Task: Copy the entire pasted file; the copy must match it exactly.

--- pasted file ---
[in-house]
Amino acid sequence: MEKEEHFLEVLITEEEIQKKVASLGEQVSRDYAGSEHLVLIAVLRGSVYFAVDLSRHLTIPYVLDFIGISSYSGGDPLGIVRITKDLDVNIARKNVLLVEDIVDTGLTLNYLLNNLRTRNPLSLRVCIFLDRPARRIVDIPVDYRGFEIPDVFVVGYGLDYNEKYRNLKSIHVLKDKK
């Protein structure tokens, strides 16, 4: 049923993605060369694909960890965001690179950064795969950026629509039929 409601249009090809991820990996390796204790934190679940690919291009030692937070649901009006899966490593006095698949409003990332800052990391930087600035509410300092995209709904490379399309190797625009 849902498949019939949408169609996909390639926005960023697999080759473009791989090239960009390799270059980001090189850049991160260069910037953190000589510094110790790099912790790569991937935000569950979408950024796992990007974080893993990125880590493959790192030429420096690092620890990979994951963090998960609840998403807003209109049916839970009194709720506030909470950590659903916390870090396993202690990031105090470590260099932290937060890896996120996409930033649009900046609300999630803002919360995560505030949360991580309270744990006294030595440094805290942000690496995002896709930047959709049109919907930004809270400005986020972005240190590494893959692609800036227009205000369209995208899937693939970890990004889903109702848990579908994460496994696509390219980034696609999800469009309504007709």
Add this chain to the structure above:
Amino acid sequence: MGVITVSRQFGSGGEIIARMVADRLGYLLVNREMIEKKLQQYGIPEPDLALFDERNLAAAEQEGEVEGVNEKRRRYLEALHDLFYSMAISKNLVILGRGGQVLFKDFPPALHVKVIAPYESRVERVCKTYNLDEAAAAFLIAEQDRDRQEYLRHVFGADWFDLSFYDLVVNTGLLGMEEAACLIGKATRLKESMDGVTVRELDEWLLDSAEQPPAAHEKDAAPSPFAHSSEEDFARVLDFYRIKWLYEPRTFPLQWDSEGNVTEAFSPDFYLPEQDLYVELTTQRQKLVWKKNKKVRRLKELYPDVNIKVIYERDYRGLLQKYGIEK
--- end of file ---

[in-house]
Amino acid sequence: MEKEEHFLEVLITEEEIQKKVASLGEQVSRDYAGSEHLVLIAVLRGSVYFAVDLSRHLTIPYVLDFIGISSYSGGDPLGIVRITKDLDVNIARKNVLLVEDIVDTGLTLNYLLNNLRTRNPLSLRVCIFLDRPARRIVDIPVDYRGFEIPDVFVVGYGLDYNEKYRNLKSIHVLKDKK
């Protein structure tokens, strides 16, 4: 049923993605060369694909960890965001690179950064795969950026629509039929 409601249009090809991820990996390796204790934190679940690919291009030692937070649901009006899966490593006095698949409003990332800052990391930087600035509410300092995209709904490379399309190797625009 849902498949019939949408169609996909390639926005960023697999080759473009791989090239960009390799270059980001090189850049991160260069910037953190000589510094110790790099912790790569991937935000569950979408950024796992990007974080893993990125880590493959790192030429420096690092620890990979994951963090998960609840998403807003209109049916839970009194709720506030909470950590659903916390870090396993202690990031105090470590260099932290937060890896996120996409930033649009900046609300999630803002919360995560505030949360991580309270744990006294030595440094805290942000690496995002896709930047959709049109919907930004809270400005986020972005240190590494893959692609800036227009205000369209995208899937693939970890990004889903109702848990579908994460496994696509390219980034696609999800469009309504007709």
Add this chain to the structure above:
Amino acid sequence: MGVITVSRQFGSGGEIIARMVADRLGYLLVNREMIEKKLQQYGIPEPDLALFDERNLAAAEQEGEVEGVNEKRRRYLEALHDLFYSMAISKNLVILGRGGQVLFKDFPPALHVKVIAPYESRVERVCKTYNLDEAAAAFLIAEQDRDRQEYLRHVFGADWFDLSFYDLVVNTGLLGMEEAACLIGKATRLKESMDGVTVRELDEWLLDSAEQPPAAHEKDAAPSPFAHSSEEDFARVLDFYRIKWLYEPRTFPLQWDSEGNVTEAFSPDFYLPEQDLYVELTTQRQKLVWKKNKKVRRLKELYPDVNIKVIYERDYRGLLQKYGIEK